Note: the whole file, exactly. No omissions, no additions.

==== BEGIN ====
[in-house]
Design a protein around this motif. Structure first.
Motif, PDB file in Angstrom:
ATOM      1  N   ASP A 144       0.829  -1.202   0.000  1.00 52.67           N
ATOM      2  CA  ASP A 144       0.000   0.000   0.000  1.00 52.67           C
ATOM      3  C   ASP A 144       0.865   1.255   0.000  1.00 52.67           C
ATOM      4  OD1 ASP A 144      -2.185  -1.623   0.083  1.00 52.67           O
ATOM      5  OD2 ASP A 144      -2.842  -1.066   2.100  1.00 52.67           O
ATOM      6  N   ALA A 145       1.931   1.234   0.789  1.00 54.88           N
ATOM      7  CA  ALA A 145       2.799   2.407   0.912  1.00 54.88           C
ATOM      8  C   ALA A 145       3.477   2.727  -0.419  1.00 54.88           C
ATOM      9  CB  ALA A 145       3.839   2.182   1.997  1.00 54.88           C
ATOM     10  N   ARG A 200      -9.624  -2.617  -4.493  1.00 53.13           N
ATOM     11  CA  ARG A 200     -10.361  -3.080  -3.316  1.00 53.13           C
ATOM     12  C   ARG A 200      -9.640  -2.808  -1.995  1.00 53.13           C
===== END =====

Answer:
[in-house]
Design a protein around this motif. Structure first.
Motif, PDB file in Angstrom:
ATOM      1  N   ASP A 144       0.829  -1.202   0.000  1.00 52.67           N
ATOM      2  CA  ASP A 144       0.000   0.000   0.000  1.00 52.67           C
ATOM      3  C   ASP A 144       0.865   1.255   0.000  1.00 52.67           C
ATOM      4  OD1 ASP A 144      -2.185  -1.623   0.083  1.00 52.67           O
ATOM      5  OD2 ASP A 144      -2.842  -1.066   2.100  1.00 52.67           O
ATOM      6  N   ALA A 145       1.931   1.234   0.789  1.00 54.88           N
ATOM      7  CA  ALA A 145       2.799   2.407   0.912  1.00 54.88           C
ATOM      8  C   ALA A 145       3.477   2.727  -0.419  1.00 54.88           C
ATOM      9  CB  ALA A 145       3.839   2.182   1.997  1.00 54.88           C
ATOM     10  N   ARG A 200      -9.624  -2.617  -4.493  1.00 53.13           N
ATOM     11  CA  ARG A 200     -10.361  -3.080  -3.316  1.00 53.13           C
ATOM     12  C   ARG A 200      -9.640  -2.808  -1.995  1.00 53.13           C